How to Do Cat Pose in Yoga (Guide to Marjariasana)

Cat Pose is one of the most popular yoga poses, often paired with Cow Pose in a wonderfully spinal nourishing flow. But this pose is not only a way to stretch the spine; it can also stimulate the vagus nerve, switching your nervous system from “fight-or-flight” mode to “rest-and-digest” mode.

“I often provide Cat Pose in yoga therapy sessions as an opportunity for my clients to synchronize their breath with their body movements,” says Yoga Answered contributor Isabella Koepf. “Breath and body regulation has a profound impact on balancing the nervous system and promoting complete body, mind, and soul wellness.”

Cat Pose Quick Look

Sanskrit Name: Marjariasana
Pose Type: Core Yoga Poses
Difficulty Level: Beginner pose
Targets: spine, shoulders, hips, pelvis, abdomen, throat, and wrists
Benefits: Improves blood circulation, relieves back pain, tones the vagus nerve, increases coordination, relaxes menstrual cramps, strengthens the shoulders and spine, increases mobility in the hips, stimulates the abdomen and throat, strengthens the wrists
Preparatory Poses: Tabletop Pose, Thunderbolt Pose, Seated Spinal Twist Pose, Easy Pose with Spinal Cat/Cow Movements, Child’s Pose

How to Do Cat Pose Step-By-Step

  1. Begin in a tabletop position by resting your hands flat on the mat just underneath your shoulders and your knees underneath your hips. Make sure that your legs are hip-distance apart and your arms are shoulder-distance apart to create a strong base in this pose.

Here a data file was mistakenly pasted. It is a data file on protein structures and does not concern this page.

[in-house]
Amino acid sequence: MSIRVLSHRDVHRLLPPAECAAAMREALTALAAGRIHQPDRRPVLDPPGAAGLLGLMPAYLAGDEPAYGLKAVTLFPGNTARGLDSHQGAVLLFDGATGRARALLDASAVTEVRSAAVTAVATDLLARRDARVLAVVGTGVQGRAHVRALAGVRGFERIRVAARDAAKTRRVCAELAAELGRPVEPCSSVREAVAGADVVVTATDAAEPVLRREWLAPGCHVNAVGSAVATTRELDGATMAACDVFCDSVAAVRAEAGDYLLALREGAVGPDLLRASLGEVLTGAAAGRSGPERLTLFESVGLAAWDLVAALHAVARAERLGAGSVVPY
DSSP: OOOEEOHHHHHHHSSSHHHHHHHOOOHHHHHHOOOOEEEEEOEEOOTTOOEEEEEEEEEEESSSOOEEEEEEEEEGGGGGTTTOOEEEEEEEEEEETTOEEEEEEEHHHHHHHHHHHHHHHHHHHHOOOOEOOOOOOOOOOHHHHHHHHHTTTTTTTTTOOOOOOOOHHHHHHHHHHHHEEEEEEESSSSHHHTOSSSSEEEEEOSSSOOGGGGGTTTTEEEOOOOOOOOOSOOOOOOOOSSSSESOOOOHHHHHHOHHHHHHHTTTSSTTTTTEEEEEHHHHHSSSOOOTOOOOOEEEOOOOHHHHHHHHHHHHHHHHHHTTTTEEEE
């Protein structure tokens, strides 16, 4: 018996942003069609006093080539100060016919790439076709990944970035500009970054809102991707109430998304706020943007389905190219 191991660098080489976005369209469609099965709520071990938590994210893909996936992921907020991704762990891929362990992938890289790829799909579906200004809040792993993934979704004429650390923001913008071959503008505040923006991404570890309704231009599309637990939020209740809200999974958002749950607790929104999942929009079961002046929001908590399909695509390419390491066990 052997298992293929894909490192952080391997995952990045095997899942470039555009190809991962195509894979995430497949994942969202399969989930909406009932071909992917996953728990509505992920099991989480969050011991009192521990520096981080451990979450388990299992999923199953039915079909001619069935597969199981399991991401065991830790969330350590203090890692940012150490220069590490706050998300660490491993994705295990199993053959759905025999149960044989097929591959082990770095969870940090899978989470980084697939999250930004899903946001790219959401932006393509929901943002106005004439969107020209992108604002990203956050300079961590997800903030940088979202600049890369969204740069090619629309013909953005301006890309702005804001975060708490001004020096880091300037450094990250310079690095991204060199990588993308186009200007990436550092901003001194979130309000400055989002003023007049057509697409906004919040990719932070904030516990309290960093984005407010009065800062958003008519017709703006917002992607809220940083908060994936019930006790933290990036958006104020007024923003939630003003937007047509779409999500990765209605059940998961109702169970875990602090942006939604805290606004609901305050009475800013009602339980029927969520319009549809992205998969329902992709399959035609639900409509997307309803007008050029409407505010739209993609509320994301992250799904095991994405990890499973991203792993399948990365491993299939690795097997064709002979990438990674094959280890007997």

2. Create a strong base with your hands by spreading your fingers flat onto the mat and pressing into the four points of the palm of your hand.
  3. With an exhalation, slowly round your spine towards the ceiling and bring your chin towards your chest as you curve your tailbone towards your nose.
  4. Gaze towards your belly button and push the floor away from you to broaden your shoulder blades.
  5. Keep your arms straight throughout this practice to focus the stretch onto your spine.
  6. To exit the pose, slowly allow your spine, chin, and pelvis to return to neutral in a tabletop position.

Beginner’s Tip

If you feel any tension in your knees or wrists in this pose, try placing a blanket underneath your knees to provide additional cushioning. If you feel any pain in your wrists, try placing a blanket or angled cushion underneath the base of your palms to cushion this area and reduce the angle in your wrists. Another variation to reduce stress in the wrists is to place your forearms on top of blocks instead.

Make sure not to collapse your shoulders towards your ears, and instead try to relax them away to provide more space for your neck and shoulders to stretch. Additionally, Cat Pose is a gentle pose on the spine, so try to avoid forcing your chin towards your chest or striving. It is more beneficial to focus on your breath and the flowing movements in this posture rather than pushing to achieve any particular shape or extension.

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